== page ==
In the absence of accessible, effective vaccines, the fight against parasitic disease relies mostly on
chemotherapy. Nevertheless, the considerable side effects, high costs and growing number of refractory cases
comprise substantial drawbacks. Thus, the search for new antiparasitic compounds remains a high priority. The
polyamine biosynthesis, conversion and transport pathways offer different targets for selective chemotherapy.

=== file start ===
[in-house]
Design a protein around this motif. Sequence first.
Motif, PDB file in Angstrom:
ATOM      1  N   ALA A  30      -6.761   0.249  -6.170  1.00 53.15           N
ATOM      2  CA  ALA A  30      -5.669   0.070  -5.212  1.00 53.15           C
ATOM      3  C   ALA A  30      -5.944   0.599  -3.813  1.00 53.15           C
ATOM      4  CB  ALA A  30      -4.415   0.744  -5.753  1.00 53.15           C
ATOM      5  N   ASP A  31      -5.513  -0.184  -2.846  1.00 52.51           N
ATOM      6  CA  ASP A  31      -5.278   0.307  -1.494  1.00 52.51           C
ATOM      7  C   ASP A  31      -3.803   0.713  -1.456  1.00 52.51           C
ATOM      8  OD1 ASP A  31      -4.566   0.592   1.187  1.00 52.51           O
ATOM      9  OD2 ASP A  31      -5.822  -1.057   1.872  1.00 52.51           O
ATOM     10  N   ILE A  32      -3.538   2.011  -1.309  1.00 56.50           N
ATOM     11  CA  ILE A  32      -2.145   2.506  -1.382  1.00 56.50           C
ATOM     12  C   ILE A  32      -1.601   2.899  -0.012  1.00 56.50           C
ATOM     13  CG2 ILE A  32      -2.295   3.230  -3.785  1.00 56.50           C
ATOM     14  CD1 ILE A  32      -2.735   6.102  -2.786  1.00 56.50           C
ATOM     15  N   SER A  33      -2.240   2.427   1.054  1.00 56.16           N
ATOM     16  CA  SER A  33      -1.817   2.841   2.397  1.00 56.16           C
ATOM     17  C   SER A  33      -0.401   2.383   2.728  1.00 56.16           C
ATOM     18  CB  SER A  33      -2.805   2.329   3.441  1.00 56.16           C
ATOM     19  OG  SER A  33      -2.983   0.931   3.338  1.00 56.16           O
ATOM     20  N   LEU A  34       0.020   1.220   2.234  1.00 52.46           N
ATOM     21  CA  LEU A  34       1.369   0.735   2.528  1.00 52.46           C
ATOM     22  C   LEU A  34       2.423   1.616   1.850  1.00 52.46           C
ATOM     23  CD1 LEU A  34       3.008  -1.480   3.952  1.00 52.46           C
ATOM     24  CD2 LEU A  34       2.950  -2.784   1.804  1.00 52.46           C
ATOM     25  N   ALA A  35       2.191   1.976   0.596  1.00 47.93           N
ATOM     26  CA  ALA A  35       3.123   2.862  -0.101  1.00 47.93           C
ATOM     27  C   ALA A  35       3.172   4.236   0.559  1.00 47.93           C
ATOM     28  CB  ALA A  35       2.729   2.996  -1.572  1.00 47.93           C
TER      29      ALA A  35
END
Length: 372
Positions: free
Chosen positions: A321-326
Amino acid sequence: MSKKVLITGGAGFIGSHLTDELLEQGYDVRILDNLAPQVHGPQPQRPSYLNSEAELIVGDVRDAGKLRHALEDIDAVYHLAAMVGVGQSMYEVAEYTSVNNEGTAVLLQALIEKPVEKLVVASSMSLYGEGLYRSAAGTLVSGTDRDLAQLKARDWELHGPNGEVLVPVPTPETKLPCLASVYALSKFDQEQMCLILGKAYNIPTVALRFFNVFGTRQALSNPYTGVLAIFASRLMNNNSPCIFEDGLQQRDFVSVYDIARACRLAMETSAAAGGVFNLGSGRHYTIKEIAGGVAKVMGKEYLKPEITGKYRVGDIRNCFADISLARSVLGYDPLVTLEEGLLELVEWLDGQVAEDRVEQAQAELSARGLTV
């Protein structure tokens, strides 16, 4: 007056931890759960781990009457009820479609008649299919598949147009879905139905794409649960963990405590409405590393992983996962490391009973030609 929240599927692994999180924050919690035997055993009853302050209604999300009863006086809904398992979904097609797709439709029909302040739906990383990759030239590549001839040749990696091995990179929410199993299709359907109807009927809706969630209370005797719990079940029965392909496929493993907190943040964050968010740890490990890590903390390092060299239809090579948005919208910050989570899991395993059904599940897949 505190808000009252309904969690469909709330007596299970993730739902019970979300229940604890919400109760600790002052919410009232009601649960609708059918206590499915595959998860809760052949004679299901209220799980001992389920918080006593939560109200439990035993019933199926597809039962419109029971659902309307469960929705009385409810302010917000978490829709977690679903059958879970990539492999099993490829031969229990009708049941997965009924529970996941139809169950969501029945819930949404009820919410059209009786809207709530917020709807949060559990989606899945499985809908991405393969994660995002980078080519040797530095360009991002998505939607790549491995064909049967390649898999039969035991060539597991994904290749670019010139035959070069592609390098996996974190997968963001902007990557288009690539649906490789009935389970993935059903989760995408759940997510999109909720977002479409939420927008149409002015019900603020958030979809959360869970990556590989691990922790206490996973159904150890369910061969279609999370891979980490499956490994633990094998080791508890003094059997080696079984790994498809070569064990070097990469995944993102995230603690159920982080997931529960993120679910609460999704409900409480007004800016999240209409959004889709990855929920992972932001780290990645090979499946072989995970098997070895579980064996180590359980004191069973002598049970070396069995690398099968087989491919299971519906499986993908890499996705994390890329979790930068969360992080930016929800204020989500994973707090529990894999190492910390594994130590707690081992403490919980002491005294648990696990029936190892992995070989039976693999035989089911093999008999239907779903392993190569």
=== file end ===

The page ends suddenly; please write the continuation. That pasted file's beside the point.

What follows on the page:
Polyamine analogues and other antagonists may provide tools in the search for new lead compounds. Light and
electron microscopy techniques may encompass valuable approaches to elucidate the possible mechanisms of
action of different antiparasitic compounds, allowing the identification of subcellular target compartments, presumably
establishing the basis for a more rational drug design and/or planning of therapeutic strategies.